Tom
 

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Discussion Starter #17
Found WiFi at campsite....

Tent is a Go-Lite Shangri-La 5. We've probably had 50 nights in it so far this year, and like it. It's just tricky to set up in sand.

Fred, thanks for the offer, we intend on visiting Nevada; we may be in contact.

I'll try for an update now.
 

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As far as camping options go; many towns around the Midwest have city run campgrounds that are $15 or even free will donation for tents. Facilities vary from basic pit outhouse to those with showers. One just has to keep your eyes open or ask the locals.
 

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During a roadside lunch stop, we found a squirrel who was very interested in us. Kath gave squirrel a piece of pasta, squirrel ran up tree and squirrel quickly returned. Kath gave squirrel another, and the sequence was done again, but up a different tree. We then realised squirrel was hoarding the pasta up different trees, resting it on branches and milking us while we were there. Clever little bugger!














Saw this chick riding a.....bike? It was actually pretty quick.







That night found us camping at a state park near Watertown, NY, where we were treated to a great sunset by the water, sucking down a couple of beers. Pretty much the perfect day.











Cheers!







It was around this time, we remembered the 'Tent-space' thread on ADVrider, and thought we would give it a shot. We contacted a stranger, and headed towards.

Kevin and Cathy (Greatwhitehunter on ADV) weren't there when we arrived, but gave us the 'ok' to set-up while they were at work. Our first experience was a delight; great company, food and beer. It was great to be able to speak to cool people; for the previous 6 months, conversations were extremely limited, due to our lack of Spanish. So, it was nice to be able to (almost) hold a conversation!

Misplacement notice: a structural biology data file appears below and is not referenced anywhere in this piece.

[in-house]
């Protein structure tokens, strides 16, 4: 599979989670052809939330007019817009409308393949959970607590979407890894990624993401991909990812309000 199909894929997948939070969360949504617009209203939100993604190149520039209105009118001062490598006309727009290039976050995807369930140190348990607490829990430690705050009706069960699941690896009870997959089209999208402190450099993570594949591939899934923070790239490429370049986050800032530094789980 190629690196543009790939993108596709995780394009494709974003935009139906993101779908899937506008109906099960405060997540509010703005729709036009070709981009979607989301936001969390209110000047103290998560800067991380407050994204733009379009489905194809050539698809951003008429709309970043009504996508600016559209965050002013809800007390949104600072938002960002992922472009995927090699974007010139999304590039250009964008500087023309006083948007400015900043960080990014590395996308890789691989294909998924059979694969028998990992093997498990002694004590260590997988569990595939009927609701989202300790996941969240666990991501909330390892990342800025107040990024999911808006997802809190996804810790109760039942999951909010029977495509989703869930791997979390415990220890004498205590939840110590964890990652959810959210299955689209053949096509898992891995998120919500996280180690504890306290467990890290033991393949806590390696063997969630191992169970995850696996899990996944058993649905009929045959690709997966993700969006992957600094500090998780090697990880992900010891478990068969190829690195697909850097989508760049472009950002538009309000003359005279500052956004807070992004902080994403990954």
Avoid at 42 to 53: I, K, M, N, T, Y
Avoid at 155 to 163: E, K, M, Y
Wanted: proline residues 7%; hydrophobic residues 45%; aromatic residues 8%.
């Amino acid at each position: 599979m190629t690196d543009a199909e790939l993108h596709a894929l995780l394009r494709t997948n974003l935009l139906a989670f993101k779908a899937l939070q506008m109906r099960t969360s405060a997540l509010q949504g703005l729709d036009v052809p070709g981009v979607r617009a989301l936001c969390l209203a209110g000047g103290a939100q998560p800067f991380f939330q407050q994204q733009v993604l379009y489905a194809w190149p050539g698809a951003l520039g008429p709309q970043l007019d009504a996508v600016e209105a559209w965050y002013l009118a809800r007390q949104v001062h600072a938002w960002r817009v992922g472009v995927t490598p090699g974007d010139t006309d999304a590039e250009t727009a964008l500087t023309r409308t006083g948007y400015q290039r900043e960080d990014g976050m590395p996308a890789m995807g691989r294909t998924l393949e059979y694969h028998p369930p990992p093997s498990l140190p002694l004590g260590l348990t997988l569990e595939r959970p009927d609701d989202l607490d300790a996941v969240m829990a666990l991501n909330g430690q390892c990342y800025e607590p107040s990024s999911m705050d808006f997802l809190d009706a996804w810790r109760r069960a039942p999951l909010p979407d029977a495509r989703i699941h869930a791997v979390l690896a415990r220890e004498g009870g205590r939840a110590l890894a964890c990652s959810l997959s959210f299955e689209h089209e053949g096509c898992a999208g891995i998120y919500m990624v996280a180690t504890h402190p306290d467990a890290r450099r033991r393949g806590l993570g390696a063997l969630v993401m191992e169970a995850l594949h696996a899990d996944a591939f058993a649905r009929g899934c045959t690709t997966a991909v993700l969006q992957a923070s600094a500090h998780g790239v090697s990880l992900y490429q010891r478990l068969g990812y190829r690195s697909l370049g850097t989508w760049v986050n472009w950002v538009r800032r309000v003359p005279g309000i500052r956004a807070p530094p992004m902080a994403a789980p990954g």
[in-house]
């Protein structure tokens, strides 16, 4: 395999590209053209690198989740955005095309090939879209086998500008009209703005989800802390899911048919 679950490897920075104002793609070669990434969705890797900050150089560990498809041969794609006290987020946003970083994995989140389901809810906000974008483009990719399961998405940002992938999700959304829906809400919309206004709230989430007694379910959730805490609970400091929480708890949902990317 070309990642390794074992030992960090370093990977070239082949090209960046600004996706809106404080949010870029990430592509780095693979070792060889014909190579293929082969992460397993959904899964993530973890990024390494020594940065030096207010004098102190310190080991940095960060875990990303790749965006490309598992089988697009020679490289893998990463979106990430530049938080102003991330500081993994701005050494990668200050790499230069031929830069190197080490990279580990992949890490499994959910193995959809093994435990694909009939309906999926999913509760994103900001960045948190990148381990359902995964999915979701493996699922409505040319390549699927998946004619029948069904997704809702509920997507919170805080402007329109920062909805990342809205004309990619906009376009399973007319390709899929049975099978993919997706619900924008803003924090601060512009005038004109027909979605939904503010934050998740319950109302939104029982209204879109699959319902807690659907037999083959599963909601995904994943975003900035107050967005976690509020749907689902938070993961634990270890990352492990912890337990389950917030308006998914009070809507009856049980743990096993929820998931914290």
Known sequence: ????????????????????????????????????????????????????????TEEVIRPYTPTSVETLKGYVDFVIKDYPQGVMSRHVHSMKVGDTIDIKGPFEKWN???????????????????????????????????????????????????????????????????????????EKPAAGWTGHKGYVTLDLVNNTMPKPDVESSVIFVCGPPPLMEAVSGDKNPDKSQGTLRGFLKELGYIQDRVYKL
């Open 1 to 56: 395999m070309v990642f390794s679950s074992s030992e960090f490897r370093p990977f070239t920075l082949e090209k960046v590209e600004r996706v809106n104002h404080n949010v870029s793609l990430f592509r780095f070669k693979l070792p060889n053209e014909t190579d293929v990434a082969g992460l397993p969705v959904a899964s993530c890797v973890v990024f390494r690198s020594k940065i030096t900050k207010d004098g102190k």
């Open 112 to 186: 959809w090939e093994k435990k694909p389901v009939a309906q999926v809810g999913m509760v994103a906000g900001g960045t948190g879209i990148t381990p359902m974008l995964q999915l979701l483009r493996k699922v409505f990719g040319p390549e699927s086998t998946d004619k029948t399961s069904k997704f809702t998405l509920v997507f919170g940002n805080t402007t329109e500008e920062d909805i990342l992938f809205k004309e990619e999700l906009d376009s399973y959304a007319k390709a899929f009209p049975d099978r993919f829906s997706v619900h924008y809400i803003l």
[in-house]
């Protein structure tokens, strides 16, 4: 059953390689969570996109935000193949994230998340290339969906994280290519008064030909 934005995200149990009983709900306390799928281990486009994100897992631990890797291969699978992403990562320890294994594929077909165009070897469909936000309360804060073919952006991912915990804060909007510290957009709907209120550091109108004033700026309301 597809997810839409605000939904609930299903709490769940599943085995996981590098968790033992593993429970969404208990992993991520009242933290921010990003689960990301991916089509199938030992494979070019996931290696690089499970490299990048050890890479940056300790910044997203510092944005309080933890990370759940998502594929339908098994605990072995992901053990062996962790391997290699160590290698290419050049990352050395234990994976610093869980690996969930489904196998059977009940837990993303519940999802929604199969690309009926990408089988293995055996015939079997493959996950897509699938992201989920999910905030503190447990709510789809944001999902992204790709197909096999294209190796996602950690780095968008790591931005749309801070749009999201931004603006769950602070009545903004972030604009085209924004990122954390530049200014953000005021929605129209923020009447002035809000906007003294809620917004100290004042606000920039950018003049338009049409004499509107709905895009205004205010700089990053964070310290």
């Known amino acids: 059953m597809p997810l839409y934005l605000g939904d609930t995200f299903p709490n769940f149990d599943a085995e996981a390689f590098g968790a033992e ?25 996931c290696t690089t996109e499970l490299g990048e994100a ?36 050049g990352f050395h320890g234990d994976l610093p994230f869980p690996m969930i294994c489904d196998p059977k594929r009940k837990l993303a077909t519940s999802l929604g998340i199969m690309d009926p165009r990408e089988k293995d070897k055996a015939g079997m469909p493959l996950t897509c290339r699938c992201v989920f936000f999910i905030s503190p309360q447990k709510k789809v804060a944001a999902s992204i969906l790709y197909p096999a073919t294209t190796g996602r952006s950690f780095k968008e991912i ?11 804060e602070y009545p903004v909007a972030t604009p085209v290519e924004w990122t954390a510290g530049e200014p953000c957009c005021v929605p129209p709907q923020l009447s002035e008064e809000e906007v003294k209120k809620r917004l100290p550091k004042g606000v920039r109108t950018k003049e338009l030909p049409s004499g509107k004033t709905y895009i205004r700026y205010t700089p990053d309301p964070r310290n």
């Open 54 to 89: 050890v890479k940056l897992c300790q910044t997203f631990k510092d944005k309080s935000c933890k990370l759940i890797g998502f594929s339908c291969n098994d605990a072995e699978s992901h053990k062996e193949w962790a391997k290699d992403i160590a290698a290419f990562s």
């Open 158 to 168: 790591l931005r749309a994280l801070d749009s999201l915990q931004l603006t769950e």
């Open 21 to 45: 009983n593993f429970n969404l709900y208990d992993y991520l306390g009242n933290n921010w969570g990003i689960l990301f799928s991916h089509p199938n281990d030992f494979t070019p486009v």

Unfortunately, we never got a picture of Kevin and Cathy, but we thank them for their hospitality towards strangers from a foreign land.

-------------------------------

Later, we stopped by a brewery, in Rochester, NY.







Then, heading to another kind stranger's place, through green farmland.





Richard and Cecilia hosted us for the night, again surprising us with their 'tent space' and also providing a bed, craft beer (yes!) and an excellent meal.







Before leaving, Richard insisted on loaning us a GPS after hearing about our constant stopping to get the phone out, remember a turn or two, ride, stop, get phone out etc routine.

Having never used a GPS before, I am now a convert. Being able to see where dirt roads go, without stopping or going down them, is a revelation!







We were heading to Niagara Falls. Having missed Iguazu Falls in Argentina, we were keen to see an impressive waterfall.....